Protein restricted amino acid supplemented diet may delay kidney transplants

By Lynda Searby

- Last updated on GMT

Getty | Natali Mis
Getty | Natali Mis

Related tags: kidney transplant, Amino acid, Protein, keto diet

A low-protein diet, supplemented with amino acids and keto acids, may safely delay the need for pre-emptive kidney transplantation, say researchers in Taiwan.

This was the first ever study to analyse the effect of this dietary approach on delaying time to transplantation in patients scheduled for living-donor kidney transplantation, and the findings, although limited in their scope, were promising.

“Within the limits of a small number of cases, our study suggests that a supplemented low protein diet treatment can significantly delay the timing of pre-emptive kidney transplantation, by a median of 125 days,” ​wrote the researchers from the Kidney Research Centre at Chang Gung Memorial Hospital, Taiwan, in the journal Nutrients.

Significantly, the study also suggested that most severe post-transplant events such as mortality, cardiovascular disease and transplant failure requiring dialysis - were not increased in patients who had been on a supplemented diet prior to the transplant.

Protein and kidney disease

Protein restriction is a well known treatment option for advanced chronic kidney disease. This is because uremia (the condition of having high levels of urea in the blood as a result of kidney damage) is a state of protein intoxication. In addition, protein plays a major role in the functional changes that accompany advanced kidney disease.

In the 1970s, researchers first reported that a very low protein diet supplemented with keto-analogues of essential amino acids can safely delay the progression of chronic kidney disease. The advantage of keto acids is that they reduce nitrogenous waste products such as urea.

Since then, a number of studies have demonstrated the benefit of a supplemented low protein diet (sLPD) in slowing the progression of chronic kidney disease and in delaying the need to start dialysis. However, the question of whether it could also delay the need for kidney transplantation has not been explored.

Why wait?

Delaying the need for kidney transplantation is beneficial for several reasons: firstly because the lifespan of an organ transplant is limited, secondly because it delays exposure to immunodepressive drugs, which have associated risks and side effects, and thirdly because immunosuppressive treatments are improving all the time, so delaying a transplant may mean having access to better drugs.

Therefore, this study set out to investigate the effect of sLPDs in delaying the need for pre-emptive kidney transplantation and to evaluate whether such diets could have a detrimental long-term influence after transplantation.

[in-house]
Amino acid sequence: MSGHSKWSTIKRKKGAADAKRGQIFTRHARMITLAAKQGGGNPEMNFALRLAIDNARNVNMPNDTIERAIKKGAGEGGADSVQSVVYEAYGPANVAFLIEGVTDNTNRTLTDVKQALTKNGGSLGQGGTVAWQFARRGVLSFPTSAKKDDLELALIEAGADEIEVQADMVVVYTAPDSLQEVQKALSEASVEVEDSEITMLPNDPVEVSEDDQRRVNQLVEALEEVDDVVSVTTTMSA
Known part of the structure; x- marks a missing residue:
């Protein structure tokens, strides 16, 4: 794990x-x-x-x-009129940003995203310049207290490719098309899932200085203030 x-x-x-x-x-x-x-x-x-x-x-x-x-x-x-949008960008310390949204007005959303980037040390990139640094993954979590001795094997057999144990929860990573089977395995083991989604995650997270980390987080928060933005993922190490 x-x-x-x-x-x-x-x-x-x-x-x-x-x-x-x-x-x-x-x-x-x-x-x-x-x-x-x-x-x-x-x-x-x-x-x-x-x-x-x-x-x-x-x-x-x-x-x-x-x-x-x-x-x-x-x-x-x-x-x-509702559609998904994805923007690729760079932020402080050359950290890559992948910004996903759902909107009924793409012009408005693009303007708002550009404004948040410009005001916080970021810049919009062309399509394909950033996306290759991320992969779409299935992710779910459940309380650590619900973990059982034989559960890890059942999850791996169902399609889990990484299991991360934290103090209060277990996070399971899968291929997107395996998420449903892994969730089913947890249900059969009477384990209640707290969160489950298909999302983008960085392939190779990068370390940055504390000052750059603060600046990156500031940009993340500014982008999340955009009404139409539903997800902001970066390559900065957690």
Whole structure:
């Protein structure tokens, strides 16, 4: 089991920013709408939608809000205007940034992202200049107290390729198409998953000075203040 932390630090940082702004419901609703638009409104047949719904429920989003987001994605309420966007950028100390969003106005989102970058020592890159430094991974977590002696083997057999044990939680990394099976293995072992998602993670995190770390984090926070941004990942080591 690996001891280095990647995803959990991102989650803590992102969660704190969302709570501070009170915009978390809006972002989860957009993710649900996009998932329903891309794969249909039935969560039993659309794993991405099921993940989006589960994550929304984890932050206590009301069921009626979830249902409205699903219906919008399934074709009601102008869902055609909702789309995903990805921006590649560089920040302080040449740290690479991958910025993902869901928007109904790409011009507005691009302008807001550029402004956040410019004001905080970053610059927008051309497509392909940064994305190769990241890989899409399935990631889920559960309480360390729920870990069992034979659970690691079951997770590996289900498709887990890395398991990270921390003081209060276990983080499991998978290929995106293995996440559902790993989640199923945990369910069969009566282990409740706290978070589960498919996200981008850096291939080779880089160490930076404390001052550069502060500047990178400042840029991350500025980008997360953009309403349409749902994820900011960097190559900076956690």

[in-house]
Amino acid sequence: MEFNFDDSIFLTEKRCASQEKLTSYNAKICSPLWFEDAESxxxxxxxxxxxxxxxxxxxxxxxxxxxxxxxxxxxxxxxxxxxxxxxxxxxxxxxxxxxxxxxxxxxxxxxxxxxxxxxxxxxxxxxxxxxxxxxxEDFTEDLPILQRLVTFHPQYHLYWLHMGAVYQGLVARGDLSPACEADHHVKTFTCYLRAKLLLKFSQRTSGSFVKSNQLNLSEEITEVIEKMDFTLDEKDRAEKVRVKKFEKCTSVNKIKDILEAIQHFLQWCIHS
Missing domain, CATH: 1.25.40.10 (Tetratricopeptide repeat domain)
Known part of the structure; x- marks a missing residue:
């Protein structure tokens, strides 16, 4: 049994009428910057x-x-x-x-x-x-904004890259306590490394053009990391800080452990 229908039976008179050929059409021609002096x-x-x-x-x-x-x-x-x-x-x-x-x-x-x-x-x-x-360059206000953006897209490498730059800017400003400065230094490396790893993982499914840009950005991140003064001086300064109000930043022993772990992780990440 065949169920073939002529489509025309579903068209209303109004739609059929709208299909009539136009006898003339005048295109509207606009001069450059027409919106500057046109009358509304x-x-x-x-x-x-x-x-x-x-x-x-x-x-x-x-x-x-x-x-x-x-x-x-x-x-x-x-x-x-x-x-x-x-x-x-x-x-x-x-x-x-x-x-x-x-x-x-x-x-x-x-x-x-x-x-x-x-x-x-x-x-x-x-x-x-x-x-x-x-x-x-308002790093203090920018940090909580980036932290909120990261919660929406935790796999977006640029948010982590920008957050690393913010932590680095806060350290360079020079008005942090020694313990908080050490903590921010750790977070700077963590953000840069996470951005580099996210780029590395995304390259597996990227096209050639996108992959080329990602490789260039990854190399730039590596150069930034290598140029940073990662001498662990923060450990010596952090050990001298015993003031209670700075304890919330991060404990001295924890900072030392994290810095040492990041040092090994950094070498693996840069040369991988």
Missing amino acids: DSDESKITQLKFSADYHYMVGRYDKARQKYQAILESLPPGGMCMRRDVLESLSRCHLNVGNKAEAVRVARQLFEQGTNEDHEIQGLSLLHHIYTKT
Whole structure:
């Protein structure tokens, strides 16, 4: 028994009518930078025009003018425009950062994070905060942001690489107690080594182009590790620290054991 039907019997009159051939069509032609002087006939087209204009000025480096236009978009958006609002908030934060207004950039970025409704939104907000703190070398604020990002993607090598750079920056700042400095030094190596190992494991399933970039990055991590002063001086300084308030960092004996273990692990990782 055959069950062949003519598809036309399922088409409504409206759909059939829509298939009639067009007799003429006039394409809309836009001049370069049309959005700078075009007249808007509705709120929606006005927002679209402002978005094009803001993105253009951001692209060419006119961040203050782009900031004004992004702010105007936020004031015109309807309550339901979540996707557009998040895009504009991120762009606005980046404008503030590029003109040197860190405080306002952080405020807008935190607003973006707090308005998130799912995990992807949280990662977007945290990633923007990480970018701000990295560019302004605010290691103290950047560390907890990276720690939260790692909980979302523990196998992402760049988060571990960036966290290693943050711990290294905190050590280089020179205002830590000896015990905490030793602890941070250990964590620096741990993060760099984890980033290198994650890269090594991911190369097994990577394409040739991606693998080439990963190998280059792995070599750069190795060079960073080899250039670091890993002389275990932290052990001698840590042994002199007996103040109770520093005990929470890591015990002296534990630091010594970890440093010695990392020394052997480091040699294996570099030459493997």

Database analysis

In 1995, Taiwan launched the National Health Insurance (NHI) nationwide compulsory healthcare progamme, covering 99.8% of Taiwan’s population. Data collated from this population-wide scheme was used as the basis for this retrospective cohort study.

A total of 245 patients who received their first kidney transplantation between 2001 and 2017 were identified from the database. Of these, 62 had been on an sLPD whereas 182 had not.

Patients on the sLPD were significantly older than those without (47.5 vs 42.5 years mean age).

The main outcome the researchers analysed was the duration between the onset of advanced chronic kidney disease diagnosis and kidney transplantation. Secondary outcomes were adverse events after transplantation.

Low protein diet delayed transplant

The researchers found that there was a significantly longer time period between advanced chronic kidney disease diagnosis and kidney transplantation in the sLPD group - 345 days versus 220 in the non LPD group.

With regard to the secondary outcomes, no significant difference between the groups was found in terms of all-cause mortality, cardiac/cerebrovascular events, infection-related hospitalisation or death, newly diagnosed malignancy, new-onset diabetes mellitus, osteoporosis-related fracture or allograft failure requiring dialysis.

“The risk of post-transplantation adverse events did not differ between the two groups,”​ wrote the researchers.

Another point of interest, according to the researchers, was the age of the patients. On average it was 43.8 years – much lower than the average age of patients starting chronic dialysis.

“The study supports the interest of offering a supplemented LPD to young chronic kidney disease patients,” ​wrote the researchers.

They acknowledged that there were several limitations with the study design: the prevalence of preemptive kidney transplantation is lower in Taiwan than the global average, making for a small data pool; the results may not apply to other populations because of dietary and genetic differences; laboratory data were not available in the database; and it was not clear whether delaying access to transplantation would result in longer life expectancy or better quality of life.

Nevertheless, the study suggests that sLPDs have the potential to delay the timing of preemptive kidney transplantation, without increasing the risk of post-transplantation adverse events.


Source: Nutrients

Yen. C-L., Fan. P-C., Kuo. G., Chen. C-Y., Cheng. Y-L., Hsu. H-H., Tian. Y-C., Chatrenet. A., Piccoli. G.B. and Chang. C-H

“Supplemented low-protein diet may delay the need for preemptive kidney transplantation: a nationwide population-based cohort study”

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